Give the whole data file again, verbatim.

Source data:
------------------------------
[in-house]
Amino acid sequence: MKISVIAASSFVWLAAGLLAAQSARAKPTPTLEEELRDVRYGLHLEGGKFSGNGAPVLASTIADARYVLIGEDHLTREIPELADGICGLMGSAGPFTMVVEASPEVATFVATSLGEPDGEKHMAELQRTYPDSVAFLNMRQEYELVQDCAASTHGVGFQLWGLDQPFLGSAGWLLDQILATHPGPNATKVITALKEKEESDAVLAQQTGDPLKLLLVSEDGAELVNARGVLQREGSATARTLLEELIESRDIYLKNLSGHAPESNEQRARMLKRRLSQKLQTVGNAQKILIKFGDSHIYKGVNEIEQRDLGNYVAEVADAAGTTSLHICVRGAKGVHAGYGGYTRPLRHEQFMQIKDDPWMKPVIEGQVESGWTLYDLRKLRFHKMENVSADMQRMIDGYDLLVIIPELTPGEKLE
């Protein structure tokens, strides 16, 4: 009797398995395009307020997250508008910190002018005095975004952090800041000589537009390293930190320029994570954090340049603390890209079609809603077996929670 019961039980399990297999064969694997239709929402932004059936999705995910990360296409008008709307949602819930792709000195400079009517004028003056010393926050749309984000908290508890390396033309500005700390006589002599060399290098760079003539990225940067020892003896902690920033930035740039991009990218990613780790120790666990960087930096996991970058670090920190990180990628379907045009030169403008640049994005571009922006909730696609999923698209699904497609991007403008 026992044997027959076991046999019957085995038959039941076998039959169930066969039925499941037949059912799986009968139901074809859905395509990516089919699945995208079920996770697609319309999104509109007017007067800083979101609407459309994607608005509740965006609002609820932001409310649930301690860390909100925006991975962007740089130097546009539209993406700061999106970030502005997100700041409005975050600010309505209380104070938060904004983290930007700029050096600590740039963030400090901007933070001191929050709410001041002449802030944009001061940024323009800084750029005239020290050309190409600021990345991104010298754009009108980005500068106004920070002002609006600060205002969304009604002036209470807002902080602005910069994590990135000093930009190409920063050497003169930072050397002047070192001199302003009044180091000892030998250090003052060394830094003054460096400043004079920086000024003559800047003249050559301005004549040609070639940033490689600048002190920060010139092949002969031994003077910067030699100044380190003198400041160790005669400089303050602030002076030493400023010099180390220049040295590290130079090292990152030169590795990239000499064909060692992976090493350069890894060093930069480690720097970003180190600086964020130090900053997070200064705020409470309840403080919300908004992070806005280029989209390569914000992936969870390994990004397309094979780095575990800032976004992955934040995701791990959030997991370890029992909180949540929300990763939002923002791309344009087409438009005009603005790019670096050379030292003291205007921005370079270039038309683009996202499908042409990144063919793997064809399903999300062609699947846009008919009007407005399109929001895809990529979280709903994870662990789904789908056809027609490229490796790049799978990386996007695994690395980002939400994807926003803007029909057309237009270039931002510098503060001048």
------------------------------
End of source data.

[in-house]
Amino acid sequence: MKISVIAASSFVWLAAGLLAAQSARAKPTPTLEEELRDVRYGLHLEGGKFSGNGAPVLASTIADARYVLIGEDHLTREIPELADGICGLMGSAGPFTMVVEASPEVATFVATSLGEPDGEKHMAELQRTYPDSVAFLNMRQEYELVQDCAASTHGVGFQLWGLDQPFLGSAGWLLDQILATHPGPNATKVITALKEKEESDAVLAQQTGDPLKLLLVSEDGAELVNARGVLQREGSATARTLLEELIESRDIYLKNLSGHAPESNEQRARMLKRRLSQKLQTVGNAQKILIKFGDSHIYKGVNEIEQRDLGNYVAEVADAAGTTSLHICVRGAKGVHAGYGGYTRPLRHEQFMQIKDDPWMKPVIEGQVESGWTLYDLRKLRFHKMENVSADMQRMIDGYDLLVIIPELTPGEKLE
């Protein structure tokens, strides 16, 4: 009797398995395009307020997250508008910190002018005095975004952090800041000589537009390293930190320029994570954090340049603390890209079609809603077996929670 019961039980399990297999064969694997239709929402932004059936999705995910990360296409008008709307949602819930792709000195400079009517004028003056010393926050749309984000908290508890390396033309500005700390006589002599060399290098760079003539990225940067020892003896902690920033930035740039991009990218990613780790120790666990960087930096996991970058670090920190990180990628379907045009030169403008640049994005571009922006909730696609999923698209699904497609991007403008 026992044997027959076991046999019957085995038959039941076998039959169930066969039925499941037949059912799986009968139901074809859905395509990516089919699945995208079920996770697609319309999104509109007017007067800083979101609407459309994607608005509740965006609002609820932001409310649930301690860390909100925006991975962007740089130097546009539209993406700061999106970030502005997100700041409005975050600010309505209380104070938060904004983290930007700029050096600590740039963030400090901007933070001191929050709410001041002449802030944009001061940024323009800084750029005239020290050309190409600021990345991104010298754009009108980005500068106004920070002002609006600060205002969304009604002036209470807002902080602005910069994590990135000093930009190409920063050497003169930072050397002047070192001199302003009044180091000892030998250090003052060394830094003054460096400043004079920086000024003559800047003249050559301005004549040609070639940033490689600048002190920060010139092949002969031994003077910067030699100044380190003198400041160790005669400089303050602030002076030493400023010099180390220049040295590290130079090292990152030169590795990239000499064909060692992976090493350069890894060093930069480690720097970003180190600086964020130090900053997070200064705020409470309840403080919300908004992070806005280029989209390569914000992936969870390994990004397309094979780095575990800032976004992955934040995701791990959030997991370890029992909180949540929300990763939002923002791309344009087409438009005009603005790019670096050379030292003291205007921005370079270039038309683009996202499908042409990144063919793997064809399903999300062609699947846009008919009007407005399109929001895809990529979280709903994870662990789904789908056809027609490229490796790049799978990386996007695994690395980002939400994807926003803007029909057309237009270039931002510098503060001048």